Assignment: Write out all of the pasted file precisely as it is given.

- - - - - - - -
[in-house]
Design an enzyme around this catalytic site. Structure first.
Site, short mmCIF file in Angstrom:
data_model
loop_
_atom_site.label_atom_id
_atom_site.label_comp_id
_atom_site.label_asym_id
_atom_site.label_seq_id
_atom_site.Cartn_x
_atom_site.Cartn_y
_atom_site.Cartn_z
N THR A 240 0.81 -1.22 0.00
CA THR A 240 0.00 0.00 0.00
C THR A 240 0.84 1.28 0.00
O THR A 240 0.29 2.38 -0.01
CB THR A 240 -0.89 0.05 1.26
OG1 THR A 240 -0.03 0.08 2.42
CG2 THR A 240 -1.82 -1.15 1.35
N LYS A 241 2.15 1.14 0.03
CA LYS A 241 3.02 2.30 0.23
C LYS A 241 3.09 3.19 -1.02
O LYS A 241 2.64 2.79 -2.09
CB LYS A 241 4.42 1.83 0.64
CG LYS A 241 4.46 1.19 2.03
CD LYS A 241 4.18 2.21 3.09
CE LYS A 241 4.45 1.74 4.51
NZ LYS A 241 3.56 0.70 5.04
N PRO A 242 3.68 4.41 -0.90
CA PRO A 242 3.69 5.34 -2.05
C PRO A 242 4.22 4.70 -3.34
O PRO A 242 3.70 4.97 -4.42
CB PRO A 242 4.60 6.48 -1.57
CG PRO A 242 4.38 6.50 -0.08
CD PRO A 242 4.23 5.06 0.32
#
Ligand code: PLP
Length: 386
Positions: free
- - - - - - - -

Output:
[in-house]
Design an enzyme around this catalytic site. Structure first.
Site, short mmCIF file in Angstrom:
data_model
loop_
_atom_site.label_atom_id
_atom_site.label_comp_id
_atom_site.label_asym_id
_atom_site.label_seq_id
_atom_site.Cartn_x
_atom_site.Cartn_y
_atom_site.Cartn_z
N THR A 240 0.81 -1.22 0.00
CA THR A 240 0.00 0.00 0.00
C THR A 240 0.84 1.28 0.00
O THR A 240 0.29 2.38 -0.01
CB THR A 240 -0.89 0.05 1.26
OG1 THR A 240 -0.03 0.08 2.42
CG2 THR A 240 -1.82 -1.15 1.35
N LYS A 241 2.15 1.14 0.03
CA LYS A 241 3.02 2.30 0.23
C LYS A 241 3.09 3.19 -1.02
O LYS A 241 2.64 2.79 -2.09
CB LYS A 241 4.42 1.83 0.64
CG LYS A 241 4.46 1.19 2.03
CD LYS A 241 4.18 2.21 3.09
CE LYS A 241 4.45 1.74 4.51
NZ LYS A 241 3.56 0.70 5.04
N PRO A 242 3.68 4.41 -0.90
CA PRO A 242 3.69 5.34 -2.05
C PRO A 242 4.22 4.70 -3.34
O PRO A 242 3.70 4.97 -4.42
CB PRO A 242 4.60 6.48 -1.57
CG PRO A 242 4.38 6.50 -0.08
CD PRO A 242 4.23 5.06 0.32
#
Ligand code: PLP
Length: 386
Positions: free